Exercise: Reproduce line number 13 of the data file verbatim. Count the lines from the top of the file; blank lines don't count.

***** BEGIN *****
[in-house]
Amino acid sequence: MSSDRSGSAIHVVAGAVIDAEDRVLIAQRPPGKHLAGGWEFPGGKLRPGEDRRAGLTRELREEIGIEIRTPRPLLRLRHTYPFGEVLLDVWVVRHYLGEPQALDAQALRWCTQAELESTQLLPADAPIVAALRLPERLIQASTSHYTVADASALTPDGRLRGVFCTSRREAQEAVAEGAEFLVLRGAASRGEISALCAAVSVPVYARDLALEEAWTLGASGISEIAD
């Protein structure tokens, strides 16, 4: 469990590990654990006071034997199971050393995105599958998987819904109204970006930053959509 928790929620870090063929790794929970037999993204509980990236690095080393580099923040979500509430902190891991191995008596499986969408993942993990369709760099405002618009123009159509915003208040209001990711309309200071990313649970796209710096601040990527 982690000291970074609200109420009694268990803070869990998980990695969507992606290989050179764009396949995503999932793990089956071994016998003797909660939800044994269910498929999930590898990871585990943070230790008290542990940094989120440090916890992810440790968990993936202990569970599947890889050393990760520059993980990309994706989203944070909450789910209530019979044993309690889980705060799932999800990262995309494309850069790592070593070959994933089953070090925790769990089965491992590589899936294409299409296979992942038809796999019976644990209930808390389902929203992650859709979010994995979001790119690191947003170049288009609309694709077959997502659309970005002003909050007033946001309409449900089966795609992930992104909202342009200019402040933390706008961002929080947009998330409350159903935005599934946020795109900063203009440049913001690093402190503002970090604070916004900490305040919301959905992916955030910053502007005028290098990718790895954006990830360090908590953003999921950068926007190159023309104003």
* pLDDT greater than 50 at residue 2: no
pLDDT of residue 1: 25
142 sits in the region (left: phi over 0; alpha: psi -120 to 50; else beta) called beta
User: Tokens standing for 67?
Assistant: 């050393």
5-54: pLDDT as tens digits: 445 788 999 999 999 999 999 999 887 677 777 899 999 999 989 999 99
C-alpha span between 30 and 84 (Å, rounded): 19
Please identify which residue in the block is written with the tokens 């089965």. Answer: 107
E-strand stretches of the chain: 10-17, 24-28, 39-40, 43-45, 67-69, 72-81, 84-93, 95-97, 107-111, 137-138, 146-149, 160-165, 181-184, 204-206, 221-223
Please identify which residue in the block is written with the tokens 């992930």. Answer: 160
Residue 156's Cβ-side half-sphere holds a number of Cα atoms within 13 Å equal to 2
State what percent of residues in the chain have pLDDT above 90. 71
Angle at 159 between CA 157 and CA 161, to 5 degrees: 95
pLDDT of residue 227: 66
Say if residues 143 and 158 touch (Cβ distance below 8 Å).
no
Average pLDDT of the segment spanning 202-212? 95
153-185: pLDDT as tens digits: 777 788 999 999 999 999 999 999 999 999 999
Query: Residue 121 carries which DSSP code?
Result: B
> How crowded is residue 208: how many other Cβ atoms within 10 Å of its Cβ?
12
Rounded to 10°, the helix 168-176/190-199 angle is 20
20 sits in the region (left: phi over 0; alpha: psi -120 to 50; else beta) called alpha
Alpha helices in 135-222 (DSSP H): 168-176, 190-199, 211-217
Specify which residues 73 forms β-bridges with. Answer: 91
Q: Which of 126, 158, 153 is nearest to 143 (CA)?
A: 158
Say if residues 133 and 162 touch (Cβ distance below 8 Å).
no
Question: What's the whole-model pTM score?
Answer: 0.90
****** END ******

Please identify which residue in the block is written with the tokens 């992930």. Answer: 160